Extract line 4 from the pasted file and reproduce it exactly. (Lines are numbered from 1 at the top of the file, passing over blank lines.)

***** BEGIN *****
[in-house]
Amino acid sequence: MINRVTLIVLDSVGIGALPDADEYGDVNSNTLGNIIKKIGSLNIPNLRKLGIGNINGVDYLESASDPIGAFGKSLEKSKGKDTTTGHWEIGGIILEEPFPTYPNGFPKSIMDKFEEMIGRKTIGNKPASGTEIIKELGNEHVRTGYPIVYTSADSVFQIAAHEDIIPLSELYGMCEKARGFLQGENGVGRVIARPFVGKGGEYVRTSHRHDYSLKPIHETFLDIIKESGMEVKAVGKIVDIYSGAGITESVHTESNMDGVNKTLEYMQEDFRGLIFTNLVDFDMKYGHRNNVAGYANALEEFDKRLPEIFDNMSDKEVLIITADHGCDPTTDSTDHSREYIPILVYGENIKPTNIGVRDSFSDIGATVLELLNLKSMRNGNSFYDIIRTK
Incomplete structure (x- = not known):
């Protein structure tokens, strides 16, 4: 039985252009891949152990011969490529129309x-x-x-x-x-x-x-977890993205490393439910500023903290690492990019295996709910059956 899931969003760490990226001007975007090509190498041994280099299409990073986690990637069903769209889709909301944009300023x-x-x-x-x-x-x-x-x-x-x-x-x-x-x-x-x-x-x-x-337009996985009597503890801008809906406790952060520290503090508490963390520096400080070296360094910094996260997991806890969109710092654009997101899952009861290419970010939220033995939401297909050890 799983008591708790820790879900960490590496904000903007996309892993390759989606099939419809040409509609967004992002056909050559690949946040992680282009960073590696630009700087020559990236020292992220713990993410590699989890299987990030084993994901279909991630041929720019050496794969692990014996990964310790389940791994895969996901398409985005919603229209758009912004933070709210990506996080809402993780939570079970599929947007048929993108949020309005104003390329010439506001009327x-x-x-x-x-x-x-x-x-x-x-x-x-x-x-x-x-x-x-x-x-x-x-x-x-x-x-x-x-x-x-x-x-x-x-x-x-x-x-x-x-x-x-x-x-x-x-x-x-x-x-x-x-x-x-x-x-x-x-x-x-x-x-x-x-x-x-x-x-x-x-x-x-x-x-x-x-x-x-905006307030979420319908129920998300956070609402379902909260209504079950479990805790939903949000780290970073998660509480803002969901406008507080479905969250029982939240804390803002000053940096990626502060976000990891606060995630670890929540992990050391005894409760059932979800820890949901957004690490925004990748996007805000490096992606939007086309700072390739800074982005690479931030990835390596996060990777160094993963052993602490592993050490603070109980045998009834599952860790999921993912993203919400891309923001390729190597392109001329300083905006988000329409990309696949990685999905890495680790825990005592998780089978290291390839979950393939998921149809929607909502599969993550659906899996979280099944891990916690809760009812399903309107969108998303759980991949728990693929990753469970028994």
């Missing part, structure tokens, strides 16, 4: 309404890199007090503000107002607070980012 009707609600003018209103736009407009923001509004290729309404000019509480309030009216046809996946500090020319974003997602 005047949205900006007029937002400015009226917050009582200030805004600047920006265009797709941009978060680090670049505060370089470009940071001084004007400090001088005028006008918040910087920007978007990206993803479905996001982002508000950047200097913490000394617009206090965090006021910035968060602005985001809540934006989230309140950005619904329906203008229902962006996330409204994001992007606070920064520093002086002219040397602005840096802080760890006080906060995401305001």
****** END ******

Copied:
């Protein structure tokens, strides 16, 4: 039985252009891949152990011969490529129309x-x-x-x-x-x-x-977890993205490393439910500023903290690492990019295996709910059956 899931969003760490990226001007975007090509190498041994280099299409990073986690990637069903769209889709909301944009300023x-x-x-x-x-x-x-x-x-x-x-x-x-x-x-x-x-x-x-x-337009996985009597503890801008809906406790952060520290503090508490963390520096400080070296360094910094996260997991806890969109710092654009997101899952009861290419970010939220033995939401297909050890 799983008591708790820790879900960490590496904000903007996309892993390759989606099939419809040409509609967004992002056909050559690949946040992680282009960073590696630009700087020559990236020292992220713990993410590699989890299987990030084993994901279909991630041929720019050496794969692990014996990964310790389940791994895969996901398409985005919603229209758009912004933070709210990506996080809402993780939570079970599929947007048929993108949020309005104003390329010439506001009327x-x-x-x-x-x-x-x-x-x-x-x-x-x-x-x-x-x-x-x-x-x-x-x-x-x-x-x-x-x-x-x-x-x-x-x-x-x-x-x-x-x-x-x-x-x-x-x-x-x-x-x-x-x-x-x-x-x-x-x-x-x-x-x-x-x-x-x-x-x-x-x-x-x-x-x-x-x-x-905006307030979420319908129920998300956070609402379902909260209504079950479990805790939903949000780290970073998660509480803002969901406008507080479905969250029982939240804390803002000053940096990626502060976000990891606060995630670890929540992990050391005894409760059932979800820890949901957004690490925004990748996007805000490096992606939007086309700072390739800074982005690479931030990835390596996060990777160094993963052993602490592993050490603070109980045998009834599952860790999921993912993203919400891309923001390729190597392109001329300083905006988000329409990309696949990685999905890495680790825990005592998780089978290291390839979950393939998921149809929607909502599969993550659906899996979280099944891990916690809760009812399903309107969108998303759980991949728990693929990753469970028994």